And an island never cries
Ascetic, reclusive monks can choose to be impervious to relationships by brutally cutting off all human ties and relationships and retreating from society. But normal people must interact with other people daily and in doing so must embrace both the joys and pains that come with being in relationships. The Japanese poet Issa (1762-1826) knew this well. Issa’s five children died before he was thirty. Shortly after his young wife died, he sought advice from a Zen master. The Zen master reminded him that the world was dew. In response he wrote a poignant poem (haiku),
The world is dew –
The world is dew –
And yet . . . [translation]
The heart filled with desolate longing can only find cold comfort in the indifference of a resolute mind or metaphysical insight. For this reason, while Christianity shares some common grounds with Buddhism in its acute awareness that life, for all its attractiveness is fundamentally fragile, Christianity refuses to take the extreme of the Buddhist position that declares, “all is emptiness.” The writer of Ecclesiastes only pronounces that “All is vanity”. The difference is profound in that Christianity locates the root problem on humans rather than on the world, since creation is the theater of God’s glory and the source of abundant blessings from God. As the great Christian mystic, Saint John of the Cross explains, “It is not the things of this world that ensnare and injure the soul, for they do not enter within it, that is the ego which always seeks itself and therefore abuses and destroys.” The sinful ego is the source of perversion that destroys the goodness of God’s creation.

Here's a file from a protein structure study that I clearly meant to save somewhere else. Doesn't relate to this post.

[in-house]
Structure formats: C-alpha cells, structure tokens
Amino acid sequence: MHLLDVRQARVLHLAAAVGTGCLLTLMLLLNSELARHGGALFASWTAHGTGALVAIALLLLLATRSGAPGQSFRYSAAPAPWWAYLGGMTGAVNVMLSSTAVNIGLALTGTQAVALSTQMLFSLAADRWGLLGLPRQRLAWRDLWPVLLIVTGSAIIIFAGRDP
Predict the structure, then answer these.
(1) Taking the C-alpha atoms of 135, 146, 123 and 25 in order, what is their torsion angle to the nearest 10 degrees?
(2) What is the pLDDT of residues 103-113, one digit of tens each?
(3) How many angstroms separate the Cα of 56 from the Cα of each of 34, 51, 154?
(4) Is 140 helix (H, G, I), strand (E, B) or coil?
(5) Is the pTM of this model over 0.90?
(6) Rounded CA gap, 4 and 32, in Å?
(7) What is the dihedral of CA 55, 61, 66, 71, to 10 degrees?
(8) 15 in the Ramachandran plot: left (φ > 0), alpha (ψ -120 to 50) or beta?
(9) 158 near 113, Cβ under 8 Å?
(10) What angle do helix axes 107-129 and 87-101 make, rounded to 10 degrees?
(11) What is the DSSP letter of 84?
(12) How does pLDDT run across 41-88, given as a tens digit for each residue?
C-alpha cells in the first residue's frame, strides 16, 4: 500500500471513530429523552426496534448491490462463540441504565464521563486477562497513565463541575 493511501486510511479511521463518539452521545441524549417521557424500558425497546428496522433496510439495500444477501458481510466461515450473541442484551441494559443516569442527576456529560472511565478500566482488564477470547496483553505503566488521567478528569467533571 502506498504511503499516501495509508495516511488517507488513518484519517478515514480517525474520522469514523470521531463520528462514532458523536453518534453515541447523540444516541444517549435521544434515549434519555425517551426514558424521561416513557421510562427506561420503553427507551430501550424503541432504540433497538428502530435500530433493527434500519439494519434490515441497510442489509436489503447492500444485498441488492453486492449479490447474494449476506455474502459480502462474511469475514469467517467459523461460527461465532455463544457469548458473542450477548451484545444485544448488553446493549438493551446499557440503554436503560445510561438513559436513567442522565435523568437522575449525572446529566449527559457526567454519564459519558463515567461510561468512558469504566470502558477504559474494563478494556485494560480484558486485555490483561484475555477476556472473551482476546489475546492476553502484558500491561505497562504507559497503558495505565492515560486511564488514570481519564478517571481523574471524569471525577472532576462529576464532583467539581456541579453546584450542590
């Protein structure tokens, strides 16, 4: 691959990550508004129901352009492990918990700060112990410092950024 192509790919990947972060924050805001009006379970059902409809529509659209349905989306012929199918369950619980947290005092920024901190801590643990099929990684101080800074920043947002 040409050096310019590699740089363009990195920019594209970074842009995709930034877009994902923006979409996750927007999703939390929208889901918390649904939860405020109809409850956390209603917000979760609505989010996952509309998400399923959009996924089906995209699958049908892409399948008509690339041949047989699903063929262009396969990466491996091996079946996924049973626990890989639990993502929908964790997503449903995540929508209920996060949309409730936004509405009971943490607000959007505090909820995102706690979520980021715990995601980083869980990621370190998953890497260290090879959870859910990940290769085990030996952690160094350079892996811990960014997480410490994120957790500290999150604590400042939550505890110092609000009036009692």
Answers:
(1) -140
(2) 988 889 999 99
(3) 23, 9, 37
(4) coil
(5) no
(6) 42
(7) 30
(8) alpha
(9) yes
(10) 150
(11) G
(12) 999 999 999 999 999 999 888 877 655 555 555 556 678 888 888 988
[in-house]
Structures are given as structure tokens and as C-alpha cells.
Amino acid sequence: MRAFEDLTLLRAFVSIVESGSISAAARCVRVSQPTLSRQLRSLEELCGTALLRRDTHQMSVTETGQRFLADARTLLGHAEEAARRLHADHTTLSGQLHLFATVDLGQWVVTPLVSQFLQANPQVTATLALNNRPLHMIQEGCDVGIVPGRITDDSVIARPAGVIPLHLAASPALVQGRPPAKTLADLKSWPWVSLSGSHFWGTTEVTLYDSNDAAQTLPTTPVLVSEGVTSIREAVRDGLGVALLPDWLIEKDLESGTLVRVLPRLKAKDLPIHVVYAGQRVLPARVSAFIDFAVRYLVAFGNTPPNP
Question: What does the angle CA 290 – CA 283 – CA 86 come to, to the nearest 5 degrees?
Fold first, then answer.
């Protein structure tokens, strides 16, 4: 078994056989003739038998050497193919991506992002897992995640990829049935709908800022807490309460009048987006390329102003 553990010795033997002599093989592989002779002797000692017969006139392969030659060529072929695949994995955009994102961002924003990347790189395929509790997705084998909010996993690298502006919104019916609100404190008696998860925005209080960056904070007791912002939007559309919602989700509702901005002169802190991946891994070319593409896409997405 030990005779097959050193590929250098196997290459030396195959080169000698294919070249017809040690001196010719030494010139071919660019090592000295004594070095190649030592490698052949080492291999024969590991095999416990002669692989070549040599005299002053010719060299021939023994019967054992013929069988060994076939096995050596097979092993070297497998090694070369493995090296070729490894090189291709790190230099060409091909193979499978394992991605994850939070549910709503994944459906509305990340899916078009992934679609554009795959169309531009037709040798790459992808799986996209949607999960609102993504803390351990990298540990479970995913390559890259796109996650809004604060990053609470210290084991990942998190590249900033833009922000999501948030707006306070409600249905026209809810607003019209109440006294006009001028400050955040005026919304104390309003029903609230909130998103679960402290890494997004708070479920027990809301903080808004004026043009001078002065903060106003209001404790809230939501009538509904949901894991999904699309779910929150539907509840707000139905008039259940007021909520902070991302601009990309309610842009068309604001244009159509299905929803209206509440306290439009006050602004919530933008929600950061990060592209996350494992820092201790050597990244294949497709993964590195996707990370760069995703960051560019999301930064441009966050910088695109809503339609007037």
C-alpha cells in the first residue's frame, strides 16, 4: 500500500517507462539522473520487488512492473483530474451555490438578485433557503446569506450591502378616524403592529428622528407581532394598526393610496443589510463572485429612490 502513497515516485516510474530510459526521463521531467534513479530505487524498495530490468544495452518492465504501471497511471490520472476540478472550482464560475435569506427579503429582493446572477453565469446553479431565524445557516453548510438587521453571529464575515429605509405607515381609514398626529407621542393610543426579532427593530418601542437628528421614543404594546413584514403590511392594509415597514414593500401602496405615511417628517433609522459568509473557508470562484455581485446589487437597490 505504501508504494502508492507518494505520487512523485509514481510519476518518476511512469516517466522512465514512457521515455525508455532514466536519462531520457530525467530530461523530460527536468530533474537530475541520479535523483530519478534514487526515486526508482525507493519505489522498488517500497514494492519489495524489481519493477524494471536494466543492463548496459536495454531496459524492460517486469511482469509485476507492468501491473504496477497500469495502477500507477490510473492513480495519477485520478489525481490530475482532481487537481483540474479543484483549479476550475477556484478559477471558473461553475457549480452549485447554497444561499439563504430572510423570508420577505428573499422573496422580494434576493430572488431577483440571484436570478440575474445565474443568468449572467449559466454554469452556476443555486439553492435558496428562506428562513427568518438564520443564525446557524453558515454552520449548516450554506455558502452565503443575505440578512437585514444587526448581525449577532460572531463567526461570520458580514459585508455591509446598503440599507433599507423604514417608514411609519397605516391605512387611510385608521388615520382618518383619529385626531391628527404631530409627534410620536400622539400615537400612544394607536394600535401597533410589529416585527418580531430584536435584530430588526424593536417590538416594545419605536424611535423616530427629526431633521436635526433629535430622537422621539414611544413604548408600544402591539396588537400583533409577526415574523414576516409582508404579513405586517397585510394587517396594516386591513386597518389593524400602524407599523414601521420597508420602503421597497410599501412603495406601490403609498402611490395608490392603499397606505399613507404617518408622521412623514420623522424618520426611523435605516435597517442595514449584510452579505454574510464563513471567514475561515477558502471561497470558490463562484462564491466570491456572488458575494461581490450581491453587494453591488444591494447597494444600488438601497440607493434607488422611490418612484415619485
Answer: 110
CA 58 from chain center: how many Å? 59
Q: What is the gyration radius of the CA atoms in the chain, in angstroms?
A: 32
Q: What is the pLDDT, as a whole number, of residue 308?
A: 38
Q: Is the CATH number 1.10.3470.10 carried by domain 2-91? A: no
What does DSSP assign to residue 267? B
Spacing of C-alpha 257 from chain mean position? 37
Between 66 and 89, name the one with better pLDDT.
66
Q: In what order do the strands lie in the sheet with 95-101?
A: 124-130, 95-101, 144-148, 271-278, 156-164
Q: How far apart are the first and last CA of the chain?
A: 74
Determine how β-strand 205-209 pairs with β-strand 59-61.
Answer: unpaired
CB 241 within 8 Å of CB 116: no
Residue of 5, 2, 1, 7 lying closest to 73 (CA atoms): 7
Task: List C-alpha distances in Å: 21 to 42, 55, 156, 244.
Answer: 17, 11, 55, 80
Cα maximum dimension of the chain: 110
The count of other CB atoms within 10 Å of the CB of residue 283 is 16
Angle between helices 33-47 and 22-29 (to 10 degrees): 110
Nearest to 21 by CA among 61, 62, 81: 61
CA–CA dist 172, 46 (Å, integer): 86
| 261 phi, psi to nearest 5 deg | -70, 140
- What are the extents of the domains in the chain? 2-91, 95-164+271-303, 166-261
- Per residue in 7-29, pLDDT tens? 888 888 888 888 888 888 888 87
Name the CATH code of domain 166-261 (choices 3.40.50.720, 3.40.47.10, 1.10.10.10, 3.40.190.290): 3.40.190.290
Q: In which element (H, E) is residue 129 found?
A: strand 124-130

Both the Christian and the Buddhist agree that the journey to wisdom begins with the heart, the inner life. For the Buddhist wisdom is an insight gained through techniques that unmask the illusions that ensnare the self. Even our most cherished human relationships must be subject to the same ruthless scrutiny. Wisdom or true insight into the impermanence of nature delivers us from attachment to impermanent things that fail to satisfy us ultimately.